Enter any supermarket in any country and you will find a vast array of products – sometimes even entire aisles – labelled as “vegetarian” or “vegan”. The use of these labels on food and beverage products has grown significantly over the past decade, with a 165% increase between 2012 and 2022.
However, while marketers might love these labels, fresh research from MIT (Massachusetts Institute of Technology) finds that they may be doing more harm than good.
The study, which will be published in the journal Appetite in September, investigated whether vegan and vegetarian labels on products have a negative impact on the likelihood of those products being chosen by consumers. Two tests were carried out, the first one with 160 consumers choosing between a vegetarian Greek salad and a vegan hummus wrap. The options were presented to them in a registration form for an event which was to include dinner. In some cases the dishes were highlighted as vegetarian or vegan; in others they were offered without labels (see image below).
The researchers found that when the options were labelled, like in the lefthand example above, most participants displayed a preference for the vegetarian option. However, when the words vegetarian and vegan were removed, most consumers went for the vegan wrap instead – indicating that the vegan labelling had a negative impact. This was confirmed by the researchers as statistically significant (p=.011).
The second part of the study was an online survey featuring 700 consumers. Participants were given five different hypothetical dinner choices, as follows:
- Choice 1: A vegetarian dish vs a dish that contains meat
- Choice 2: A vegan dish vs a dish that contains meat
- Choice 3: A vegetarian vs another vegetarian dish
- Choice 4: A vegan dish vs another vegan dish
- Choice 5: A vegan dish vs a vegetarian dish
For half of the participants in the study, the options were clearly labelled as “vegan” or “vegetarian". For the other half, there were no such labels and they were only able to see the name of the dish and its ingredients. See below for examples.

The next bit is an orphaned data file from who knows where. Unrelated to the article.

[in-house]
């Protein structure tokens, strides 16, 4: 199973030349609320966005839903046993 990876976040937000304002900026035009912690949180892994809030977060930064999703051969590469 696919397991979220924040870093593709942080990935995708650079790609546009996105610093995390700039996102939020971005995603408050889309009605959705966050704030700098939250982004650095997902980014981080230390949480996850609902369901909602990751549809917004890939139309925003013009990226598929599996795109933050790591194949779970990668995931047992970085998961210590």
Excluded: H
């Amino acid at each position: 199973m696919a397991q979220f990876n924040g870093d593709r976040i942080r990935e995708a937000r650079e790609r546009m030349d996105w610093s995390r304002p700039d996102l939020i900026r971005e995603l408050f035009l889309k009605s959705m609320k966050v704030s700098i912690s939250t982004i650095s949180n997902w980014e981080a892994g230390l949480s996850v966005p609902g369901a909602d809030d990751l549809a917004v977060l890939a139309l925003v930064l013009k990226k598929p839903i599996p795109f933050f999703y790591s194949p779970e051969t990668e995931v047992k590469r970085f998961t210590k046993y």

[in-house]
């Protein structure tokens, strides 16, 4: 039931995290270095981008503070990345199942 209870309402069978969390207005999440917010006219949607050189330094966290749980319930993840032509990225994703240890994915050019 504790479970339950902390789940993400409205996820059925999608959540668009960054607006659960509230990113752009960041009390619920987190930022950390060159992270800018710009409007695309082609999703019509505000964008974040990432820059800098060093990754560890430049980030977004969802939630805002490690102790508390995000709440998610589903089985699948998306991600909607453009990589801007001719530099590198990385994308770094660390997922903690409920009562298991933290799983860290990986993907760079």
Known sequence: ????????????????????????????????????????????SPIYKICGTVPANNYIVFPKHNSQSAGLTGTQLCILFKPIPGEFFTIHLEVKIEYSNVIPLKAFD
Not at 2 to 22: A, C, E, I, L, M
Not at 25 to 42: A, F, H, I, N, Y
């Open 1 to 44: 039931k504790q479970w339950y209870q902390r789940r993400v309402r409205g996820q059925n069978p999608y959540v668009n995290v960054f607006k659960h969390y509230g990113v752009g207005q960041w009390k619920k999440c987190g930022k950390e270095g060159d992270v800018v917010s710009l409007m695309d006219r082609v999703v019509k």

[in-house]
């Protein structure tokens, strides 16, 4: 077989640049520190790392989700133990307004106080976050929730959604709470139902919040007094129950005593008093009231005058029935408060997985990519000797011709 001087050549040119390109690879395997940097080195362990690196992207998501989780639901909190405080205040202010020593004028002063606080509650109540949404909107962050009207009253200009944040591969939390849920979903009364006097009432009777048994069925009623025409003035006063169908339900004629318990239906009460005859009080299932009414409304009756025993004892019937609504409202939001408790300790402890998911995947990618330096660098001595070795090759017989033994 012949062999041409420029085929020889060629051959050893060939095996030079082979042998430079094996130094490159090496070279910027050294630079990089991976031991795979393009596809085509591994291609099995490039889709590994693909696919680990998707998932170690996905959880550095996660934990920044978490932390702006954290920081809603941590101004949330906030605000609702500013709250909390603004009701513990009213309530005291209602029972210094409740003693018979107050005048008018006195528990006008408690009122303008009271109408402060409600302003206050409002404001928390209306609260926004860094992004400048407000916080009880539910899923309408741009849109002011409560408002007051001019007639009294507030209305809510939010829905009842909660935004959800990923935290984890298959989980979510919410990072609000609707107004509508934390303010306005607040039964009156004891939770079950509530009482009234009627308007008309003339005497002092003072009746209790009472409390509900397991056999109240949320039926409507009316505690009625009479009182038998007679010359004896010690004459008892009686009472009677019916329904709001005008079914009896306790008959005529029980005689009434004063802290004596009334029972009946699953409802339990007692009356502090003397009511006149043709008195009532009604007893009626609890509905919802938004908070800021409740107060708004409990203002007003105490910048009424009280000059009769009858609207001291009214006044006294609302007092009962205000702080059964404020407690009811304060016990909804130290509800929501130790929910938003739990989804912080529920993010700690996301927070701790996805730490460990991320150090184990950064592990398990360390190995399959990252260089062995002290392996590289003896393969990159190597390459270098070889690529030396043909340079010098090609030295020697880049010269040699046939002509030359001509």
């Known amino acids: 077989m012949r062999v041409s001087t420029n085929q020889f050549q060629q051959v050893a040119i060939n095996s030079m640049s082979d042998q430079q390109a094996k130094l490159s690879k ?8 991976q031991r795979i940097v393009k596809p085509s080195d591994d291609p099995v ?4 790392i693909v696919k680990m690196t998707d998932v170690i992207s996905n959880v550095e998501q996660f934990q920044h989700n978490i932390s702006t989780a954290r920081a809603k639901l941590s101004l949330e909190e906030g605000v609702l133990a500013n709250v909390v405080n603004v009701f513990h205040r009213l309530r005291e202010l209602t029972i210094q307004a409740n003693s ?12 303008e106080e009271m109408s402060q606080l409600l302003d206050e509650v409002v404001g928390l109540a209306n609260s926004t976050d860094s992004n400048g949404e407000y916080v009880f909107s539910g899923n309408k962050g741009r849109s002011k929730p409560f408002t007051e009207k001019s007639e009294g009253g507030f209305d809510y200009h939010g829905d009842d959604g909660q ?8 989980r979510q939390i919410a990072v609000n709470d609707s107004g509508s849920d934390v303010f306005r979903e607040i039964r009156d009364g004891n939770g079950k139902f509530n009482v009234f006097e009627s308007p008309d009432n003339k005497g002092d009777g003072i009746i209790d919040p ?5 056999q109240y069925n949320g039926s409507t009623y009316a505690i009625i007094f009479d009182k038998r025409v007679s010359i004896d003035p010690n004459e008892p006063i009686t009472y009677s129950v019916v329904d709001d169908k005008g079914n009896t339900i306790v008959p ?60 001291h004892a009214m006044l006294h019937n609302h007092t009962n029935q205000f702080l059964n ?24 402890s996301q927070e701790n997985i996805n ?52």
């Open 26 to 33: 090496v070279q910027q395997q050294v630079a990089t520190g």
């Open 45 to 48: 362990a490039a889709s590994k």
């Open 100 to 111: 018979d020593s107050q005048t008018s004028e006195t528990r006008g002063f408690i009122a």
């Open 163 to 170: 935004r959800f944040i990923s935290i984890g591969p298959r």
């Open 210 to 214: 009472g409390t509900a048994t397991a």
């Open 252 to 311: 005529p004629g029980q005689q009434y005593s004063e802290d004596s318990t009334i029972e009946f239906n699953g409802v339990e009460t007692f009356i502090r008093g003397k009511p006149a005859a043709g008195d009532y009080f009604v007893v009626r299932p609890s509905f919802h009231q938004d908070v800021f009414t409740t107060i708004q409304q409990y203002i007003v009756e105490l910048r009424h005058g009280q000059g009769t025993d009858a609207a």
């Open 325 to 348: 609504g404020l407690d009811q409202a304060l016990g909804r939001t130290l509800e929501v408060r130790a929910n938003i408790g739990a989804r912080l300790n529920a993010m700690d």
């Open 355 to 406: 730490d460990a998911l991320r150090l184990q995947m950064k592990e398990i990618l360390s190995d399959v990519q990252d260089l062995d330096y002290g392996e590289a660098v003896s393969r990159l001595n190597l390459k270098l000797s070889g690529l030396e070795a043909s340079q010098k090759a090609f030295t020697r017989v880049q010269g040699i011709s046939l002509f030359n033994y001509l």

The result of this part of the study was that “similar to the field studies, labels had a negative impact on choices, however the effects are smaller (p<.001)” For example, while 36.7% of participants opted for the vegan option when it was not labelled “vegan”, only 33.4% chose it when it did carry a vegan label.
The difference was significantly bigger in the first study, when the choice was not hypothetical but related to an actual meal that the participants would be having. In that instance, 60.7% opted for the vegan option when it was not labelled as such, but only 36% of participants opted for the labelled vegan option.
The authors conclude that “The results suggest removing vegetarian and vegan labels from menus could help guide US consumers towards reduced consumption of animal products” and that “vegetarian and vegan labels effectively deter consumers from choosing these options. Removing these labels may provide an extremely simple and low-cost means for restaurants and other institutions to reduce their environmental impact, with minimal changes to menus, and without impacting consumers' freedom of choice.”
Read the full study here: https://www.sciencedirect.com/science/article/pii/S0195666323017476